Hayden joined Cadets in Year 8 and, at first, found it a bit intimidating. He had attended uniform groups before at Scouts (since he was 6) and really enjoyed that until he felt it was a bit too juvenile for him. He started Explorer Scouts but this followed the same agenda as Scouts. The Army Cadet Hut was next door to the Scout Hut, so he had seen the Cadets during their drill.
My son, Hayden King is now a Lance Corporal in Dorset Army Cadets (Sherborne Detachment).
Hayden really became hooked when he started attending camps. The sheer amount of activities was beyond anything he had encountered at Scouts. He did Mountain Biking, Paddle Boarding, Kayaking, Axe Throwing and Abseiling.
He spoke with pride when his group elected him as the best at abseiling to a senior Officer at the camp. He was elated at attaining the same shooting score as his Detachment Commander, a sniper. He goes on about having huge amounts of food at the camps, disproving popular opinion about Army food.
He started forging friendships with fellow Cadets and these are now his best friends (in Year 11). He undertook his Duke of Edinburgh (Bronze) and has almost completed his Silver Award (the expedition has been delayed). He completed the online Inspiring Digital Enterprise Award (iDEA) also run by the DofE. He attended the Regional Football trials and was selected to represent the South West Region. They went on to win the National Championships at Great Altcar camp near Liverpool. He has taken part in virtual sports activities via Strava during lockdown, cycling 300 miles in August and representing Dorset in the Cross Country running event and an inter region event in February.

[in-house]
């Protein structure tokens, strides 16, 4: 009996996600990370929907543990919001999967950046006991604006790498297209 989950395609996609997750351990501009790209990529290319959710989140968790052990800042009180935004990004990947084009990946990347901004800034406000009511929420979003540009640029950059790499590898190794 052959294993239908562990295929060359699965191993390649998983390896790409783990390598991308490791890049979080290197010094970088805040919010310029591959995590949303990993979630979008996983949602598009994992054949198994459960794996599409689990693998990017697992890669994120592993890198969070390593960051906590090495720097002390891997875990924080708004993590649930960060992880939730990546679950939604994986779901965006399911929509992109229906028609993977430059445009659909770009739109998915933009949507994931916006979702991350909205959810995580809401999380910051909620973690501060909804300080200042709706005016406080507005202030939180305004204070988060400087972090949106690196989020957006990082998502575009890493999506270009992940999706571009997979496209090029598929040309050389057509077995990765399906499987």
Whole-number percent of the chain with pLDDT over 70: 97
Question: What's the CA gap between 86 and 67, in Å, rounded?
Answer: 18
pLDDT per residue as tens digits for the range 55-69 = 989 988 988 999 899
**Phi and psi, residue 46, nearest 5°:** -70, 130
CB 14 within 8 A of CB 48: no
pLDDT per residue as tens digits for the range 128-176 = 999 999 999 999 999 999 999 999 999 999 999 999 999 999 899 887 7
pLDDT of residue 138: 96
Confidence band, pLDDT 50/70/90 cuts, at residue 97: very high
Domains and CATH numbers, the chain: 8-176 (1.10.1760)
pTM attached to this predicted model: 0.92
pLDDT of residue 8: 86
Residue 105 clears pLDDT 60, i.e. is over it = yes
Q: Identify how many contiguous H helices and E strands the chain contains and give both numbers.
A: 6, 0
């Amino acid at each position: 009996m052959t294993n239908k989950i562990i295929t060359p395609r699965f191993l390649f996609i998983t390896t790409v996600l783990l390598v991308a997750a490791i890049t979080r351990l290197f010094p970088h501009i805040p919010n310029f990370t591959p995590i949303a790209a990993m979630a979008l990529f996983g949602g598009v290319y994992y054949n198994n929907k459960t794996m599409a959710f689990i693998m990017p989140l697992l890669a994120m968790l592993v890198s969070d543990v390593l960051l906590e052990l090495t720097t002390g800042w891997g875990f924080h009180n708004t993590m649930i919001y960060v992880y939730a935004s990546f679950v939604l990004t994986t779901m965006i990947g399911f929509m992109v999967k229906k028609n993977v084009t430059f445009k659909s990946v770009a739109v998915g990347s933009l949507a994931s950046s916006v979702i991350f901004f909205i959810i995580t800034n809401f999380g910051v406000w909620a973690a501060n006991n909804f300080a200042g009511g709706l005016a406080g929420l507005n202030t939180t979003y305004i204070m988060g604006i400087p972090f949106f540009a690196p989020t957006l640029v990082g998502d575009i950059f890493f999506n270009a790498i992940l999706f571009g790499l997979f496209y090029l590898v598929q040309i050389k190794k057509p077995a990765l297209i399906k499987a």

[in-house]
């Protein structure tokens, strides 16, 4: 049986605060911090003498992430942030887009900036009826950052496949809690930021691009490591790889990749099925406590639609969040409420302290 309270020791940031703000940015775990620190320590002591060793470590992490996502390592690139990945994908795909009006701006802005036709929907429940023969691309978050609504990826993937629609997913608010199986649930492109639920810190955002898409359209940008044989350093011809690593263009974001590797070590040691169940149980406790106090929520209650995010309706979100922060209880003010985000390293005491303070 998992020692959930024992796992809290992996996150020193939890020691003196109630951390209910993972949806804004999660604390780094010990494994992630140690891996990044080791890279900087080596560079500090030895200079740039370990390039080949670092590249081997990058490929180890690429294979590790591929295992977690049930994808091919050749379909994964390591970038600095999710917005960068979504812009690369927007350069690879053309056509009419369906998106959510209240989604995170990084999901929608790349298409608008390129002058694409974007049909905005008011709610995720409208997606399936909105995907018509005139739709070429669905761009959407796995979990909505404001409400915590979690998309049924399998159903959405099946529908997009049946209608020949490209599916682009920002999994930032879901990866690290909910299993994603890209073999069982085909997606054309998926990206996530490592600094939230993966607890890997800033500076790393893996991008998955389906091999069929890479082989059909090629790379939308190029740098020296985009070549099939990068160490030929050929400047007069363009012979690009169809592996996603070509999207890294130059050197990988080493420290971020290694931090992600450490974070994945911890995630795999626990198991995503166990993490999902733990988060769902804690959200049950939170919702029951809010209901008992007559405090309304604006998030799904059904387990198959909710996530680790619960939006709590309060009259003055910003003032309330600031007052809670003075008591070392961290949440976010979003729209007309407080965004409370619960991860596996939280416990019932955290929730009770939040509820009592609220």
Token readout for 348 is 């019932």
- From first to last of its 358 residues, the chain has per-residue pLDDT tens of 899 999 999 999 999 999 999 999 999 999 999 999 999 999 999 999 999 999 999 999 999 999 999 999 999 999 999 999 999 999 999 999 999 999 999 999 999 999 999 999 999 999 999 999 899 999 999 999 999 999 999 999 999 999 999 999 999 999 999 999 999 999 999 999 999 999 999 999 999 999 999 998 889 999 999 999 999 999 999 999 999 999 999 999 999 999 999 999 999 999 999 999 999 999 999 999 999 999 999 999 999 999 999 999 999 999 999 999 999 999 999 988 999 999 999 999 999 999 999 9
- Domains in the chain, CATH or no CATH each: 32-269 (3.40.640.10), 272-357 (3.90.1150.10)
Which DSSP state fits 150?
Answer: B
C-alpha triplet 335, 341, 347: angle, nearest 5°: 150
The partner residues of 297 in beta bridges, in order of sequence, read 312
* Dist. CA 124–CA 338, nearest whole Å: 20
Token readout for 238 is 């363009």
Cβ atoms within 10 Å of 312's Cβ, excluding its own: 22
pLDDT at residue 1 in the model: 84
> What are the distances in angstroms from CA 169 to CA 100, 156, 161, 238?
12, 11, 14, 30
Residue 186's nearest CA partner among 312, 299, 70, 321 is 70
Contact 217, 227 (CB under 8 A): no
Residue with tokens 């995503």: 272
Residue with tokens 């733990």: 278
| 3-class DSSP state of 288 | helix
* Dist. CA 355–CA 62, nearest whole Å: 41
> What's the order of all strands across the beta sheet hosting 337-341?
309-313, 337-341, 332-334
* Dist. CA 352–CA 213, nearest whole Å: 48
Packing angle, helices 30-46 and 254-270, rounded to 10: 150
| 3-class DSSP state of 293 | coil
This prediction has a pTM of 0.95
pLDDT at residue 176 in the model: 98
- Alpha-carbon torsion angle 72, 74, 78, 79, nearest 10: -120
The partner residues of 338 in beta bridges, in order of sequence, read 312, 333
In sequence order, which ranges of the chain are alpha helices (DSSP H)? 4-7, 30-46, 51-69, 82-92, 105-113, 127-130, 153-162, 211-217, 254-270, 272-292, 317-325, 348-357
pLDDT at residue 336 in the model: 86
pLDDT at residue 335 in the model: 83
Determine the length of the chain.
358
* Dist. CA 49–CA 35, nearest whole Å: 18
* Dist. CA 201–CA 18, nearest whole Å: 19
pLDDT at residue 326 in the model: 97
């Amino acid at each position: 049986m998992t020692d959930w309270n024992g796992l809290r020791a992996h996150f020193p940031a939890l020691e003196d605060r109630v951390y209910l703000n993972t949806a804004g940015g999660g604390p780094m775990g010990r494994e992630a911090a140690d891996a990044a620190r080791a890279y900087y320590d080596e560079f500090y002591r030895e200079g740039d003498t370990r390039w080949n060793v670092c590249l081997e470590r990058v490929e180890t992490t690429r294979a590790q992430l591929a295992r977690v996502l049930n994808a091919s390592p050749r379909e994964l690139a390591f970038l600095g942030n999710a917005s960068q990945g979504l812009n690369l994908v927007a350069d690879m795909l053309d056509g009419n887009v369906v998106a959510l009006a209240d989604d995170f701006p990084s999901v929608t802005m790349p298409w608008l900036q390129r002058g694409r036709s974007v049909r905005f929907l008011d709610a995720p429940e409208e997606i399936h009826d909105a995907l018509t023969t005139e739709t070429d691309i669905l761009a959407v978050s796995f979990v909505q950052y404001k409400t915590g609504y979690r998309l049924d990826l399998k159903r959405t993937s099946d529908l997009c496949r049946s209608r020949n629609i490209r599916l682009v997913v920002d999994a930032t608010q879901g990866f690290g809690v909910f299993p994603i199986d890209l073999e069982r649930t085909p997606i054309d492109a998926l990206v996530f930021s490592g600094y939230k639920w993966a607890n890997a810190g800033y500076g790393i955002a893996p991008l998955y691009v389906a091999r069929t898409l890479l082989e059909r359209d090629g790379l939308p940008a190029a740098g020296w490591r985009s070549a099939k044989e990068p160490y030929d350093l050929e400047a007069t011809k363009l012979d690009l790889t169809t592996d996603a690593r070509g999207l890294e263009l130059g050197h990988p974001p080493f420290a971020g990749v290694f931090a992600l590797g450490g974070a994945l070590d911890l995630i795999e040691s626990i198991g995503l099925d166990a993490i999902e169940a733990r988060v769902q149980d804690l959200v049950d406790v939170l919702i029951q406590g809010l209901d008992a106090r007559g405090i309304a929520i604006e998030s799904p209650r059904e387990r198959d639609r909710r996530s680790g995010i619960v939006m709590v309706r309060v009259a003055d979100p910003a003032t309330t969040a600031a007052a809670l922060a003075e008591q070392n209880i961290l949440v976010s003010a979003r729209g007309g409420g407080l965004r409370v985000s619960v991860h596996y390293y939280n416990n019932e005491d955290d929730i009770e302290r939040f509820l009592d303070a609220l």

From a personal perspective, he keeps his room tidy for a 15-year-old. He keeps his uniform and boots immaculate. He speaks to adults with more confidence than before and is fully engaged in continuous improvement (from attaining badges of rank and Star levels). He has enrolled on the CVQO qualifications alongside his forthcoming College course. His fitness has improved and he has been exposed to leadership scenarios that other 15-year-olds couldn’t comprehend.
His story, despite being hampered by the pandemic, is an excellent case study for attending the ACF. I wish more of his other friends would give it a go.